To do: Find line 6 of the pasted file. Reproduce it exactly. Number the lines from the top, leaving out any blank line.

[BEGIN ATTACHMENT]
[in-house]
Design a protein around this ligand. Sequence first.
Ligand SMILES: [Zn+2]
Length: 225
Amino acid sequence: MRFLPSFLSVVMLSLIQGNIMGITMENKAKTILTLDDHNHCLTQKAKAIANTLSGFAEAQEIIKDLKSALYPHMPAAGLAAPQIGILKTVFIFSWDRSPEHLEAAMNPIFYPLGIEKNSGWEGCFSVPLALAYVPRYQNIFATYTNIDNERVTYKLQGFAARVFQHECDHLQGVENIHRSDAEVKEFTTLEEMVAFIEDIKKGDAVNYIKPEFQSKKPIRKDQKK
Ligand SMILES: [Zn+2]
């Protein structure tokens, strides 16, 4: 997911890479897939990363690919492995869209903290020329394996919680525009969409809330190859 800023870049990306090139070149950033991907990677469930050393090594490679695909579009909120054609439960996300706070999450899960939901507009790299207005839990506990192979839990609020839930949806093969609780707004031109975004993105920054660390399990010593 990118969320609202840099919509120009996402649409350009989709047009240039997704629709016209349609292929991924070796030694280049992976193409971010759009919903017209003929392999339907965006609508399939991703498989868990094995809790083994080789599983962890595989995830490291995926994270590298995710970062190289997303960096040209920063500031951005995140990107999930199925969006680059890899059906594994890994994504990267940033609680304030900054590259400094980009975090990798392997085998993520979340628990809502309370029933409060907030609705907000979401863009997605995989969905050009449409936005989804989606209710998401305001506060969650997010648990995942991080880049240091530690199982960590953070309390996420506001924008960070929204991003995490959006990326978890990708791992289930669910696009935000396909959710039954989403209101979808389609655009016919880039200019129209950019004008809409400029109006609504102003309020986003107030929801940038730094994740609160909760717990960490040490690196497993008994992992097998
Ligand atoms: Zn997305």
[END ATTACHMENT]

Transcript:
Ligand SMILES: [Zn+2]